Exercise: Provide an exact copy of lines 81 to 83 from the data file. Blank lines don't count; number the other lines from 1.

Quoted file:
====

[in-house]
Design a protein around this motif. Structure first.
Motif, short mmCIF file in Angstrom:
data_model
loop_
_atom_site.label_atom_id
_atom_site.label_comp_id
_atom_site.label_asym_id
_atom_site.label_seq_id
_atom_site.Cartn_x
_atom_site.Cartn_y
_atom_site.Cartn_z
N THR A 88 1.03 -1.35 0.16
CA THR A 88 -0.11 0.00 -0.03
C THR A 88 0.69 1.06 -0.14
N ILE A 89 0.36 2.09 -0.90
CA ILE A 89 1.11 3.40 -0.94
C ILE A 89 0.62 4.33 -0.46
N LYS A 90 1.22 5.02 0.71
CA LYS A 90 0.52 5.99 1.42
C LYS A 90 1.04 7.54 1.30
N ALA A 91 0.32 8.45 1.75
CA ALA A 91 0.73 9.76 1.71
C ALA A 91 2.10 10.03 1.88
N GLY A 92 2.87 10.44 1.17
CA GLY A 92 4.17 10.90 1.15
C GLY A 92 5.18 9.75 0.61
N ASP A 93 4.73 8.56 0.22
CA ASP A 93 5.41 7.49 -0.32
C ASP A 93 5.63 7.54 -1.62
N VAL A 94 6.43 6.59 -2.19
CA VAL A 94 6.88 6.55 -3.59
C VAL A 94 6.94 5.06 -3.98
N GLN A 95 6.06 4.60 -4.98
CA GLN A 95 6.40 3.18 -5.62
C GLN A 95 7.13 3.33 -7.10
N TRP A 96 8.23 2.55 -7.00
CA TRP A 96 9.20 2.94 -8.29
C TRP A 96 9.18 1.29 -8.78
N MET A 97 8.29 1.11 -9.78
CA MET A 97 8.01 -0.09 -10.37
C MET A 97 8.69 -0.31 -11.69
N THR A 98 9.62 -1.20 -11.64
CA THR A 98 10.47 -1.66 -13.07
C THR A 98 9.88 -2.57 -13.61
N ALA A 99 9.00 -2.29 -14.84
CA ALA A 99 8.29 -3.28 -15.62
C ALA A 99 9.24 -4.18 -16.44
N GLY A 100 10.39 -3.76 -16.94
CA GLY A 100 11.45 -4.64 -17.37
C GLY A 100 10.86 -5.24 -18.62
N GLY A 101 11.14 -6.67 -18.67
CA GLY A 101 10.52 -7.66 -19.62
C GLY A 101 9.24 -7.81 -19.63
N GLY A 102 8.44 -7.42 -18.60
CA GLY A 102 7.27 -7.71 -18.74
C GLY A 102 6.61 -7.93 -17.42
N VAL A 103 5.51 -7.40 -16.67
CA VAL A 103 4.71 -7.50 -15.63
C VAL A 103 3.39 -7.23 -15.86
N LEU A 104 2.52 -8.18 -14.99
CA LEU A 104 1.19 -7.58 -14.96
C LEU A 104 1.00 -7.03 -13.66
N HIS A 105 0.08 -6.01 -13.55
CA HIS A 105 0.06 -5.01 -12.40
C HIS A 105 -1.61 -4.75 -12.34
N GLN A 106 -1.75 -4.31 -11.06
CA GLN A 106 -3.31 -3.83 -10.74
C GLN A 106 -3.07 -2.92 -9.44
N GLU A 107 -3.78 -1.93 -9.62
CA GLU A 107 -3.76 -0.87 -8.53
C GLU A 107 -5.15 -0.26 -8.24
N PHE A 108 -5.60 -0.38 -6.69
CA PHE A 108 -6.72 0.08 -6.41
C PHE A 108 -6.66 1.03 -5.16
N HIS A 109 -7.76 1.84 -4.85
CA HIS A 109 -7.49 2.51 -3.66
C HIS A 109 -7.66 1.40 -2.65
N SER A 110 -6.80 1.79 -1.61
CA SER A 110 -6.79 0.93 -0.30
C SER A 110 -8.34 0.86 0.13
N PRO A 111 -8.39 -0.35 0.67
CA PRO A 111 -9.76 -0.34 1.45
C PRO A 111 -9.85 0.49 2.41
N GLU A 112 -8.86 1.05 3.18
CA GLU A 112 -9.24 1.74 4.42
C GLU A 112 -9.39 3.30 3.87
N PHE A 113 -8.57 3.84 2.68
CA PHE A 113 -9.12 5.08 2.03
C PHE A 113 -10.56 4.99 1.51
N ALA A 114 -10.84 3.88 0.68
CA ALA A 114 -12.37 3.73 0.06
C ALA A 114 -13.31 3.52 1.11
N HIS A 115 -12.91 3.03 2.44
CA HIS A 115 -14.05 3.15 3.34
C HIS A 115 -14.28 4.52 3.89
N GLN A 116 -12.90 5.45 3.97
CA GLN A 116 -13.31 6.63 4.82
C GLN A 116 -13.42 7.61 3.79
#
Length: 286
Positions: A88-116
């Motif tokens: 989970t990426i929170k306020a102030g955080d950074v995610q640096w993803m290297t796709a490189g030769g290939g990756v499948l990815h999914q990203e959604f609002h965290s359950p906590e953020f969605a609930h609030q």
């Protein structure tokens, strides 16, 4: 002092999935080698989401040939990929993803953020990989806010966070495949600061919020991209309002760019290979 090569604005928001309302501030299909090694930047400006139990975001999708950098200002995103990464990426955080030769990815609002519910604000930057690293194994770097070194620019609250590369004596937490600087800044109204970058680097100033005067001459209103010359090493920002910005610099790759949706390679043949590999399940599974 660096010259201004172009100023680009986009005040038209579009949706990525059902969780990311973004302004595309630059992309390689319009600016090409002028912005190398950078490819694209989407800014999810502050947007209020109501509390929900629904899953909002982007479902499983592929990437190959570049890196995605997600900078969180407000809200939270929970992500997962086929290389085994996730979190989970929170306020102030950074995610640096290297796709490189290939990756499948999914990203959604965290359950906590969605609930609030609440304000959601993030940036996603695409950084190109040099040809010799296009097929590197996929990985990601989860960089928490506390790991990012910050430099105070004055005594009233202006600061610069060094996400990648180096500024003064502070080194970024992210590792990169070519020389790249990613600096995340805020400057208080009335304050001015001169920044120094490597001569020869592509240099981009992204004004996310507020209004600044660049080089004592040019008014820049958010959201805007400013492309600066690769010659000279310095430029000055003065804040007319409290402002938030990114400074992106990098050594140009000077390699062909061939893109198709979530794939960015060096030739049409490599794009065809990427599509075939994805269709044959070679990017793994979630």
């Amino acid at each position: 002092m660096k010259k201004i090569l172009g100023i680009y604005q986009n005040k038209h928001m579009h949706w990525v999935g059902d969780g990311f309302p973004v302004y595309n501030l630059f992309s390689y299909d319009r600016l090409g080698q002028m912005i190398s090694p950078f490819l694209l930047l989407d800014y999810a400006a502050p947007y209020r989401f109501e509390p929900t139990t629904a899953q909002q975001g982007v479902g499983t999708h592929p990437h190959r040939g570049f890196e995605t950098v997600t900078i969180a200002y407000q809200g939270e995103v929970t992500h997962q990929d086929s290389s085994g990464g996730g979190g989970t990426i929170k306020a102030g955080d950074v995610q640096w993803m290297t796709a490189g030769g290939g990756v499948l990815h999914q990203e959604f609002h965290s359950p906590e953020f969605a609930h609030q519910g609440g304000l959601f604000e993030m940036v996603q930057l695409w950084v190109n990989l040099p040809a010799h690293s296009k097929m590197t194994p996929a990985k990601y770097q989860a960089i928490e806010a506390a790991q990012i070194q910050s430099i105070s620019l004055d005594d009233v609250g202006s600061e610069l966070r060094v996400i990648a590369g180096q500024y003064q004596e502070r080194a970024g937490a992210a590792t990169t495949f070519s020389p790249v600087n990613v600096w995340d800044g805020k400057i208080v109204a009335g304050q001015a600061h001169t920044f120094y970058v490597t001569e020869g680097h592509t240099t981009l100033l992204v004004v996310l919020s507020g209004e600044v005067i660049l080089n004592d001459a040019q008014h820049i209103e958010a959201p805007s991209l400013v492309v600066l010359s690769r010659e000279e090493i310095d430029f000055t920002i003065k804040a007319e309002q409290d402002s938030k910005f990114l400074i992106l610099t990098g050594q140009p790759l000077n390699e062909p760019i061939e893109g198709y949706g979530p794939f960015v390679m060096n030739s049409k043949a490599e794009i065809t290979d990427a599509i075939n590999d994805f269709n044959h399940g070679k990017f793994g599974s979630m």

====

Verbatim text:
C SER A 110 -8.34 0.86 0.13
N PRO A 111 -8.39 -0.35 0.67
CA PRO A 111 -9.76 -0.34 1.45